Ventilation management

Clinical challenge

The Intensive Care Unit (ICU) is one of the most resource demanding, complex and expensive units in the hospital, consuming 20% (€70Bn in Europe) of all hospital costs. Approximately 40% of all ICU patients require support for breathing through mechanical ventilation, with 6-10% of these being very difficult to manage and return to normal breathing without mechanical support. This group of patients often have an extended Length of Stay (LOS) at the ICU, making their quality of care difficult and expensive, with the management of these patients consuming about 37% (€26Bn in Europe) of all ICU cost. The complex nature of these patients means that decision on improving mechanical ventilation are required throughout the day and night, with these decisions taken by clinicians expert in mechanical ventilation, i.e. ICU doctors or respiratory therapists (RT).

This need for 24-hour care from clinical experts, is not consistent with current practice. Typically, the ICU doctor/RT sees the patients during their rounds, which take place 2-3 times per day with approximately 5-10 minutes per patient, insufficient to provide the care necessary for the 6-10% most complex patients who incur 37% of all ICU cost. Previous studies have shown, that dramatic LOS reduction is possible if a team of RTs managing patients around the clock provides care. However, in practice this is not possible – as 1) the resources are not available and 2) allocation of such resource would mean a dramatic increase in the cost of mechanical ventilation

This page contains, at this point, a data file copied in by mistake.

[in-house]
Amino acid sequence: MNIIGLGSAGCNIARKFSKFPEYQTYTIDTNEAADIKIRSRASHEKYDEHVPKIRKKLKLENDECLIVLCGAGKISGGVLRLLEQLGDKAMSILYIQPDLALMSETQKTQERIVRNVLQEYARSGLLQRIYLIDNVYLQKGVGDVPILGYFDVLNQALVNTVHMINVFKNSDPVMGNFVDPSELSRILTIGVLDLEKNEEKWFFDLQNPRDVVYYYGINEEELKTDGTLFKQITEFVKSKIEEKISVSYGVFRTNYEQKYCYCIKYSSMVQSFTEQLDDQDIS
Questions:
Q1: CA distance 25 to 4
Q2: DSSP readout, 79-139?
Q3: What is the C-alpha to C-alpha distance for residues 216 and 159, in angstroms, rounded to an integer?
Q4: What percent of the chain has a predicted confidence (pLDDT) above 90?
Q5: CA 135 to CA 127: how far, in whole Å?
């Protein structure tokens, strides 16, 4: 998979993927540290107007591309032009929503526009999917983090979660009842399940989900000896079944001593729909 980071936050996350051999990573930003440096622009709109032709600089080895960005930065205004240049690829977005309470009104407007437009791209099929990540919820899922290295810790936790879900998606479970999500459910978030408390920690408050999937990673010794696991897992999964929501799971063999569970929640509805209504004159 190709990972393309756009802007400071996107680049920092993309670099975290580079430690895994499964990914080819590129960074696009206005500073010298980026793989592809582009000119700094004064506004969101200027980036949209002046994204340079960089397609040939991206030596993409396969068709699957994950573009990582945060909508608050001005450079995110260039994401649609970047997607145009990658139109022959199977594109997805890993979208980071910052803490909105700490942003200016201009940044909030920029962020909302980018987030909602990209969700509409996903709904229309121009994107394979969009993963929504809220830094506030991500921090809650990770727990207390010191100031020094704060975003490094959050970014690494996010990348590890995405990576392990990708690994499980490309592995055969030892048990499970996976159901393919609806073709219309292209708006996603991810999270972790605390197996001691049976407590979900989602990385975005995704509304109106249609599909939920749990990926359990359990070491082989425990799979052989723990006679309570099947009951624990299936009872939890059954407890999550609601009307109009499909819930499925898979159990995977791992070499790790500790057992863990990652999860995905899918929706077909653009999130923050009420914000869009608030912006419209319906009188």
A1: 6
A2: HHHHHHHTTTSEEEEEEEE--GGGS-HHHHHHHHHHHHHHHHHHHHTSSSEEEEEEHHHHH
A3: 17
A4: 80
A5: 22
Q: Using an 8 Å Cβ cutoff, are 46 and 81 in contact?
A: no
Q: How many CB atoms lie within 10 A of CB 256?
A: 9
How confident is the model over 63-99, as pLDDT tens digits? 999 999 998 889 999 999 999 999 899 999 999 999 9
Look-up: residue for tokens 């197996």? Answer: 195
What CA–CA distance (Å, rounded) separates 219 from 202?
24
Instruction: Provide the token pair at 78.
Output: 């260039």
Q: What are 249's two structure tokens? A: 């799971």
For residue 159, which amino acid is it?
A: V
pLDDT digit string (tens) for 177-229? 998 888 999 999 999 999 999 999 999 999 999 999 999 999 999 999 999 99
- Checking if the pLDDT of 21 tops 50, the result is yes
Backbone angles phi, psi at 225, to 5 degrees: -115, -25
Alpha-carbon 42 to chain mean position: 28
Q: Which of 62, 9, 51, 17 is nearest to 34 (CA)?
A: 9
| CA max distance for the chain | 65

Tools to assist the respiratory therapist in optimizing the ventilatory management are therefore required, particularly as an Assist system, which can advise on how to optimize the patients’ ventilation management.

Current technologies

Current technologies for ICU ventilation management on the market today are rule or protocol-based closed- or open-loop systems controlling the ventilatory support to the patient, meaning that the level of support is adjusted based on fixed clinical rules and guidelines for patient groups.

The shortcomings are that the ventilatory support is fixed for individual patients within those groups and does not adjust to the patient condition or current state of physiology. Or in other words:

  • The competing goals of ventilation may not be adequately balanced
  • Changes in the patient’s physiological state may be misinterpreted

Therefore, these systems are appropriate for keeping a patient in a “zone of comfort” but not for understanding the underlying physiological state of each individual patient.

The inclusion of patient models of the ventilatory assist system, as in the BEACON Caresystem, can support clinicians in the selection of ventilator settings on an individual patient basis.

BEACON Caresystem overview

BEACON is implemented as an adjunct device on the side or on the top of a third party legally marketed ICU mechanical ventilator or mounted on a Trolley, which is placed near a third party legally marketed ICU mechanical ventilator.


BEACON has been designed to provide the clinician with recommendations for adjusting ventilator settings to manage the patient’s ventilation.
This is done by collating key inputs measured by BEACON; data inputs from the ventilator and manual data entry by the clinician into a computerprogramme that has been designed to assist clinical decisions for changes to the ventilator settings.

The recommendation is provided to the clinician in a clear and easy-to-use graphical format, the BEACON Advice screen:



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